New UF-created virtual lawn tool lets users test water-saving systems
GAINESVILLE, Fla. — Florida homeowners can now test different water-saving lawn irrigation systems by using a free web application recently released by the University of Florida.
The interactive lawn irrigation tool creates a virtual lawn so users can test the results of different irrigation systems without having to actually install one.
The tool came is available at http://fawn.ifas.ufl.edu/tools/interactive_irrigation_tool/.
Researchers in UF’s Institute of Food and Agricultural Sciences designed the program to help homeowners enhance the quality of their lawns, save water and energy and reduce their water bills.
“Just by improving something small like your lawn irrigation can save a lot of water,” said Kati Migliaccio, an associate professor in UF’s agricultural and biological engineering department.
Migliaccio, who helped develop the program, is based at UF’s Tropical Research and Education Center in Homestead.
Users can test irrigation systems, such as time-based schedulers, or time-based schedulers coupled with smart technologies such as rain sensors, soil moisture sensors and evapotranspiration controllers.
The smart technologies override and turn off time-based based schedulers if lawns have already received enough water from rain.
“We’re measuring with these smart technologies, depending on what people were doing, between 30 to 40 percent water savings,” Migliaccio said.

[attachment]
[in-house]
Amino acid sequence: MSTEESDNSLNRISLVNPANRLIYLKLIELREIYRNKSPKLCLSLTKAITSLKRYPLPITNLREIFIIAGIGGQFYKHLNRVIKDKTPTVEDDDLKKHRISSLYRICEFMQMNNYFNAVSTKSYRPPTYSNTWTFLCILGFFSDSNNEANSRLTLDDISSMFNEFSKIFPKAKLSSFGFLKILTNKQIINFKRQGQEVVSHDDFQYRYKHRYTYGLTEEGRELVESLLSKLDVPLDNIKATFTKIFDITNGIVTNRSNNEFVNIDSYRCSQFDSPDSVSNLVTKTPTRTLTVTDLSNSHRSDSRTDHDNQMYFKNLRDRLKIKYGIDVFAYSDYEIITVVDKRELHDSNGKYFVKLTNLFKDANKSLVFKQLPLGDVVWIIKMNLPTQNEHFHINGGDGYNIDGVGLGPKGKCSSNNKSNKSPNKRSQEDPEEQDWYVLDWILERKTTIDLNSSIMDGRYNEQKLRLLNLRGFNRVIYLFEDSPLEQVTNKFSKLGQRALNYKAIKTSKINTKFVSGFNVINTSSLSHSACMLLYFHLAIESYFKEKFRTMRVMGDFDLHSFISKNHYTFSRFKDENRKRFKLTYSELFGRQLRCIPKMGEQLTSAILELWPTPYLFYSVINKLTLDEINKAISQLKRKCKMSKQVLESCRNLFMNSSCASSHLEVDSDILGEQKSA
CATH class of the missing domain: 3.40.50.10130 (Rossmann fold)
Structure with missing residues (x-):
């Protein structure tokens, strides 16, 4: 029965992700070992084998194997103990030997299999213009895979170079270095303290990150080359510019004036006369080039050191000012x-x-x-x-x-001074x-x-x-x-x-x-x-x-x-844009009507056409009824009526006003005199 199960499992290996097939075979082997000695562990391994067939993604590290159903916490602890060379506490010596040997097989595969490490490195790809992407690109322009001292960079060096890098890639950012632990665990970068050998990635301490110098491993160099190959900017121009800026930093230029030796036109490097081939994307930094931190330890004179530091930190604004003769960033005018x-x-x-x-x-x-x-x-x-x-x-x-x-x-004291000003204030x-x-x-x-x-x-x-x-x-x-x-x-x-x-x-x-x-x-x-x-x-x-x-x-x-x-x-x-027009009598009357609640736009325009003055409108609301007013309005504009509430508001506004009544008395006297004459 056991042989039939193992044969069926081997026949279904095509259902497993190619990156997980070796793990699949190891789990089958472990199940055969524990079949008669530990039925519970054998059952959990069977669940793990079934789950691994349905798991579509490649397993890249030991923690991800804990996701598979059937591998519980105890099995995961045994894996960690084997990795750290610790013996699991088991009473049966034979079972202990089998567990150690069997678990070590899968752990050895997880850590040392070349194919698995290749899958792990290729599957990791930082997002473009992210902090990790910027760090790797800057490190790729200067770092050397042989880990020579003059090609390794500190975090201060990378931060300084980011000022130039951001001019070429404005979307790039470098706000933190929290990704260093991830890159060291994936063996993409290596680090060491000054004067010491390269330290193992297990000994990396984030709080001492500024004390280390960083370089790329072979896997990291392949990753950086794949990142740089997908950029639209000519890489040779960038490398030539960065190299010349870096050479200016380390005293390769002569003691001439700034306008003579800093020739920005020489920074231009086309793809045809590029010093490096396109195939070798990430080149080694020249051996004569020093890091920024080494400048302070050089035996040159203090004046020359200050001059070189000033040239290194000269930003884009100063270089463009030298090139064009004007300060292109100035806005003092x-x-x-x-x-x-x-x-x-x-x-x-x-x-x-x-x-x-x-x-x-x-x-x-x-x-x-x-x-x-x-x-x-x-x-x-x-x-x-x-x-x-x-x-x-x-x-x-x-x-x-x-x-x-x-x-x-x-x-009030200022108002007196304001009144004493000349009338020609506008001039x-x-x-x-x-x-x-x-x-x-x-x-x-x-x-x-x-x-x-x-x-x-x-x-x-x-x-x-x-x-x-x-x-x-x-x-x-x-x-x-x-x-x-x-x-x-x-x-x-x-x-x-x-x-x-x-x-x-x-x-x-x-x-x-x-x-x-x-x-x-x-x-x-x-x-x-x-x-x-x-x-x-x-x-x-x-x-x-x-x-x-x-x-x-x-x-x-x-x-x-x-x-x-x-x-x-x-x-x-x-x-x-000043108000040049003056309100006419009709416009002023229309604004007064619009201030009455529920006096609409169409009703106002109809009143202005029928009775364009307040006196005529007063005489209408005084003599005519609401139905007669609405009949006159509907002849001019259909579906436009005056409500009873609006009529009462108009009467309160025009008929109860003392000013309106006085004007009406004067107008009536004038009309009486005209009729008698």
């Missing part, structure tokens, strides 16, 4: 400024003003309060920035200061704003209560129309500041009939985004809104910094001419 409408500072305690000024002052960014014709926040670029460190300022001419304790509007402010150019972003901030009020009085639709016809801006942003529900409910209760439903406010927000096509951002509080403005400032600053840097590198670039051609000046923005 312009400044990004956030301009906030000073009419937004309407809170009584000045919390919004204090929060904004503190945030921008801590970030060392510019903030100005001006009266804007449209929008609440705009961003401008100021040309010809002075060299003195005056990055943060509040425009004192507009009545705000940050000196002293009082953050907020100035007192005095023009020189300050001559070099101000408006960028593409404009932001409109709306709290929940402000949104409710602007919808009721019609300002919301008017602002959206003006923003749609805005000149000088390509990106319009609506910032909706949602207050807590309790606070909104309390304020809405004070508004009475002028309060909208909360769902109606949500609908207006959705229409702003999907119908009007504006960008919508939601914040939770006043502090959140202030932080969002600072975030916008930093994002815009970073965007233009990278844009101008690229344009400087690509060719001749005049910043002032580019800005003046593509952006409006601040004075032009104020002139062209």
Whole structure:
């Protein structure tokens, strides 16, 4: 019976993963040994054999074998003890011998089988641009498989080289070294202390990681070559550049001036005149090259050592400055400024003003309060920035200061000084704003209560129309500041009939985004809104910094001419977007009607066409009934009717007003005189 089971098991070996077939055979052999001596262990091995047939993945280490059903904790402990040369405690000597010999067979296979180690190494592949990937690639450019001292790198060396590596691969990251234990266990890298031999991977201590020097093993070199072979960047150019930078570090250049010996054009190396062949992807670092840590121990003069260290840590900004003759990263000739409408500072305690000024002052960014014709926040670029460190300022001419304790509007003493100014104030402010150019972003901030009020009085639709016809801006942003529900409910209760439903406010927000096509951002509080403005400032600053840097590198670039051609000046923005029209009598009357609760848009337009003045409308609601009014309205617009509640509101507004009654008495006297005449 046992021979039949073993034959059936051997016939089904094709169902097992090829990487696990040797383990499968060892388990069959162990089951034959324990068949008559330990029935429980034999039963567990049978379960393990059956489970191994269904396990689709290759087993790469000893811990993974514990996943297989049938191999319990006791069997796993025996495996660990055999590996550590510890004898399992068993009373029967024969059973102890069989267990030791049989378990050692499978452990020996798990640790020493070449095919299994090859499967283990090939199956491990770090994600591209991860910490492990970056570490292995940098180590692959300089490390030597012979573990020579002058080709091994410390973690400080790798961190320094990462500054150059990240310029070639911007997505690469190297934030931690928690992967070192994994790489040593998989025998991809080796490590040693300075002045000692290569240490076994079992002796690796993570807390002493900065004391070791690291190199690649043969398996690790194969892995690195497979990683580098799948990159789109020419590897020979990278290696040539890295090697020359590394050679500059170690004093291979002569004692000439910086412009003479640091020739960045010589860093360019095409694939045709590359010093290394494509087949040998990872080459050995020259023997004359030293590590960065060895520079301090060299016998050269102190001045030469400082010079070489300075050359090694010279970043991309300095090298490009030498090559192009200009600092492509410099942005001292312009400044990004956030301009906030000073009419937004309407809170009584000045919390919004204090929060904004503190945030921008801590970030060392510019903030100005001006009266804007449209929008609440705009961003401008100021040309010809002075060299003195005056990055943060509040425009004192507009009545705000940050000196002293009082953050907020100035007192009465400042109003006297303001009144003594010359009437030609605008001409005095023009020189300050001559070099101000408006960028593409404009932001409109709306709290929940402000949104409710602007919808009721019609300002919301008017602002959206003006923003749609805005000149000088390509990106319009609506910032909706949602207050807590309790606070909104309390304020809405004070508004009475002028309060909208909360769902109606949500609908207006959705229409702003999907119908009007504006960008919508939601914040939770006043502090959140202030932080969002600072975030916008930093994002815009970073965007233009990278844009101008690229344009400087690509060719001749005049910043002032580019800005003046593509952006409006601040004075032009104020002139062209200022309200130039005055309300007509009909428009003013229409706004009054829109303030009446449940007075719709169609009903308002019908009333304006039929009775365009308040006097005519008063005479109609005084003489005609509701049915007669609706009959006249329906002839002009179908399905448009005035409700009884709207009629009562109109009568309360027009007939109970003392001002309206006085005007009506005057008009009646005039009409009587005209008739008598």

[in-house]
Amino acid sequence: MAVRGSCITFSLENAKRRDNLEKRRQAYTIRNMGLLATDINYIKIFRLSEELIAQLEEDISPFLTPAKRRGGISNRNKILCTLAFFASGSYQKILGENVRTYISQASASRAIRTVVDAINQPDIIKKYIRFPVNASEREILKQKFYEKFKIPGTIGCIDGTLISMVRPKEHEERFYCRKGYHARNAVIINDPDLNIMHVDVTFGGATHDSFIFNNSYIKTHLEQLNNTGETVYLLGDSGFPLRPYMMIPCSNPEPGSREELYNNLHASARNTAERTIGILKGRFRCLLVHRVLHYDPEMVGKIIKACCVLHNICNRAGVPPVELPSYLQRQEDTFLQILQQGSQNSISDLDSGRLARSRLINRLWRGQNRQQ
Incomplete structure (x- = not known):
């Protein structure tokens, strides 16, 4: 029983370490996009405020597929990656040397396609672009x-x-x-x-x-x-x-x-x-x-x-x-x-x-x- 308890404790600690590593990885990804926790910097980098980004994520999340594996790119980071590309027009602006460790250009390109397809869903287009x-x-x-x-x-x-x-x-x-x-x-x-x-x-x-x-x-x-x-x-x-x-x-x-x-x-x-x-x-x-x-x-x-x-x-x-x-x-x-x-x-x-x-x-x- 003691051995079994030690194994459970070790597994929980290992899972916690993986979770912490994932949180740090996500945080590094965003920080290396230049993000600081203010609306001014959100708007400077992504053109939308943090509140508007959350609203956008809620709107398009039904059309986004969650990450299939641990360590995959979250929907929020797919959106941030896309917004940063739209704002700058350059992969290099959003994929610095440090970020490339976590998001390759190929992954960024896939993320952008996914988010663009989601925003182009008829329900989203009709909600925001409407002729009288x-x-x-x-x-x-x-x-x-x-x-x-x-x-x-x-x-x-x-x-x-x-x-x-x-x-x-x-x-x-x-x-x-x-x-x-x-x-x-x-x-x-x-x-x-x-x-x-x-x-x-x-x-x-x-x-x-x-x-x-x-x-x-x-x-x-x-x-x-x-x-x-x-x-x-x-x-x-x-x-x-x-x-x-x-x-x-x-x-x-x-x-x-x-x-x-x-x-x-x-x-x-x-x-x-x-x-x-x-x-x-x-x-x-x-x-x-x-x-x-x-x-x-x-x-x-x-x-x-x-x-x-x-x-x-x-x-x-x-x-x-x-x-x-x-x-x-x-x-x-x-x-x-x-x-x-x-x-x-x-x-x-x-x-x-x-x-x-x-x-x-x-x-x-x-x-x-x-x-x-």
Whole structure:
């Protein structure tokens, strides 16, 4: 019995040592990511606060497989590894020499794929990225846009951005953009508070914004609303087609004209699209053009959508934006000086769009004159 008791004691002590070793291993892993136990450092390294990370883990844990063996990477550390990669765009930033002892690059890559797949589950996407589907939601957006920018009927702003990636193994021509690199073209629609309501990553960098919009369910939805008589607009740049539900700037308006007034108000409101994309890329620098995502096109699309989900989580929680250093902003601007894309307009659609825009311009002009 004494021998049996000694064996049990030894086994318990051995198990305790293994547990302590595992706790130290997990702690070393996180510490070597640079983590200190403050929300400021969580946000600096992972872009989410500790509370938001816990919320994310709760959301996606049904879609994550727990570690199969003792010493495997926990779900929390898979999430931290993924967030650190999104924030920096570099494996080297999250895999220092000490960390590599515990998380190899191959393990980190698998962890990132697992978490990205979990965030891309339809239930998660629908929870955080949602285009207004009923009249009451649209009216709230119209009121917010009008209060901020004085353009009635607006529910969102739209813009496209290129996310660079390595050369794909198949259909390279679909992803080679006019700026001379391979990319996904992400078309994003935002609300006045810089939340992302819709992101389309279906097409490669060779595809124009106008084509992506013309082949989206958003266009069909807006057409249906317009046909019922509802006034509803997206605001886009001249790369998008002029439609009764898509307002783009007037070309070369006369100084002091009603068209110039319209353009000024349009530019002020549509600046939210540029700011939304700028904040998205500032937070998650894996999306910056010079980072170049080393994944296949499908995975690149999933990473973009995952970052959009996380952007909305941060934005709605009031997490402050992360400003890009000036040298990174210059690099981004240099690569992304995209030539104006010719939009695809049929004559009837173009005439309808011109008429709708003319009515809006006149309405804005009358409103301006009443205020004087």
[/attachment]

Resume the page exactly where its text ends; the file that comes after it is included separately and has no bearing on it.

The program requires users to enter the root depth of their lawn, their soil type, acreage and ZIP code. They also choose an irrigation system to test.
The tool is integrated with the Florida Automated Weather Network, or FAWN, which has 36 weather stations throughout the state that record rainfall and other data.
The tool combines rainfall and evapotranspiration data from the closest FAWN weather station with the user-submitted information to determine whether the user’s lawn received too much or too little water over the course of a week.
Users are notified about their chosen system’s effectiveness through a weekly email report. Migliaccio noted that the closer users are to a FAWN station, the more accurate the rainfall data will be.
FAWN programmers helped develop the tool, and FAWN Director Rick Lusher said making the program easy to use was a priority.
“This is a water conservation tool that if a user will just take a couple of minutes to put in a few pieces of information, they can quickly get back useful information,” Lusher said.
The Florida Nursery, Growers and Landscape Association funded the tool’s development.